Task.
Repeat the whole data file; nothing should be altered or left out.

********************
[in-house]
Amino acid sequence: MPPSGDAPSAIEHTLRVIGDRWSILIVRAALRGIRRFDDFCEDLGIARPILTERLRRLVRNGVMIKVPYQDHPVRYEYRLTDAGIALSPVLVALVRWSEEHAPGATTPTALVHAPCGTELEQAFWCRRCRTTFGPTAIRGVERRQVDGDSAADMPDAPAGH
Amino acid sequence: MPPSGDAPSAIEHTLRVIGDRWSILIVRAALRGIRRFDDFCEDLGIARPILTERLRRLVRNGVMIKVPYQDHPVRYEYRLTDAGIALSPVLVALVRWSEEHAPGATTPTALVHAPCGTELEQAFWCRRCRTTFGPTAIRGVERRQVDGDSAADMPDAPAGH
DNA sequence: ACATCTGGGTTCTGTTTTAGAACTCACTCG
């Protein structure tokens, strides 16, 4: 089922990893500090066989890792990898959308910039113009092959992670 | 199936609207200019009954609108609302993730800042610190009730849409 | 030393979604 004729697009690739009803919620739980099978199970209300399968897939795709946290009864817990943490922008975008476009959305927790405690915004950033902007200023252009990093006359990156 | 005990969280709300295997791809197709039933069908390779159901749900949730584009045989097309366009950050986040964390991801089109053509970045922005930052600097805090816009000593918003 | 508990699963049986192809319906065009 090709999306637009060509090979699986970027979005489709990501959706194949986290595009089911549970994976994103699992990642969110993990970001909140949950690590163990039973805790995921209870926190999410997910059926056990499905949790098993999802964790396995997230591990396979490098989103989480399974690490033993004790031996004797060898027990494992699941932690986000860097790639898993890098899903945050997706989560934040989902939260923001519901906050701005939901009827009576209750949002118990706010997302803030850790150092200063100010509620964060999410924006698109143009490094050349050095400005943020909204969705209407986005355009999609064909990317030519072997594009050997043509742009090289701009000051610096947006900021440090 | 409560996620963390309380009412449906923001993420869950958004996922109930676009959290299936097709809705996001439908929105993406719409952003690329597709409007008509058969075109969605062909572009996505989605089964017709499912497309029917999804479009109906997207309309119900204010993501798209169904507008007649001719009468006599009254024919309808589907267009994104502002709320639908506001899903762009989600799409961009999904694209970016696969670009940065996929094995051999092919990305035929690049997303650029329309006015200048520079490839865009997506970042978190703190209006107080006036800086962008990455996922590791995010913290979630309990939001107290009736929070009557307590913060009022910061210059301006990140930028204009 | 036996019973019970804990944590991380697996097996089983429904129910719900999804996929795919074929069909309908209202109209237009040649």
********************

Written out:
[in-house]
Amino acid sequence: MPPSGDAPSAIEHTLRVIGDRWSILIVRAALRGIRRFDDFCEDLGIARPILTERLRRLVRNGVMIKVPYQDHPVRYEYRLTDAGIALSPVLVALVRWSEEHAPGATTPTALVHAPCGTELEQAFWCRRCRTTFGPTAIRGVERRQVDGDSAADMPDAPAGH
Amino acid sequence: MPPSGDAPSAIEHTLRVIGDRWSILIVRAALRGIRRFDDFCEDLGIARPILTERLRRLVRNGVMIKVPYQDHPVRYEYRLTDAGIALSPVLVALVRWSEEHAPGATTPTALVHAPCGTELEQAFWCRRCRTTFGPTAIRGVERRQVDGDSAADMPDAPAGH
DNA sequence: ACATCTGGGTTCTGTTTTAGAACTCACTCG
């Protein structure tokens, strides 16, 4: 089922990893500090066989890792990898959308910039113009092959992670 | 199936609207200019009954609108609302993730800042610190009730849409 | 030393979604 004729697009690739009803919620739980099978199970209300399968897939795709946290009864817990943490922008975008476009959305927790405690915004950033902007200023252009990093006359990156 | 005990969280709300295997791809197709039933069908390779159901749900949730584009045989097309366009950050986040964390991801089109053509970045922005930052600097805090816009000593918003 | 508990699963049986192809319906065009 090709999306637009060509090979699986970027979005489709990501959706194949986290595009089911549970994976994103699992990642969110993990970001909140949950690590163990039973805790995921209870926190999410997910059926056990499905949790098993999802964790396995997230591990396979490098989103989480399974690490033993004790031996004797060898027990494992699941932690986000860097790639898993890098899903945050997706989560934040989902939260923001519901906050701005939901009827009576209750949002118990706010997302803030850790150092200063100010509620964060999410924006698109143009490094050349050095400005943020909204969705209407986005355009999609064909990317030519072997594009050997043509742009090289701009000051610096947006900021440090 | 409560996620963390309380009412449906923001993420869950958004996922109930676009959290299936097709809705996001439908929105993406719409952003690329597709409007008509058969075109969605062909572009996505989605089964017709499912497309029917999804479009109906997207309309119900204010993501798209169904507008007649001719009468006599009254024919309808589907267009994104502002709320639908506001899903762009989600799409961009999904694209970016696969670009940065996929094995051999092919990305035929690049997303650029329309006015200048520079490839865009997506970042978190703190209006107080006036800086962008990455996922590791995010913290979630309990939001107290009736929070009557307590913060009022910061210059301006990140930028204009 | 036996019973019970804990944590991380697996097996089983429904129910719900999804996929795919074929069909309908209202109209237009040649």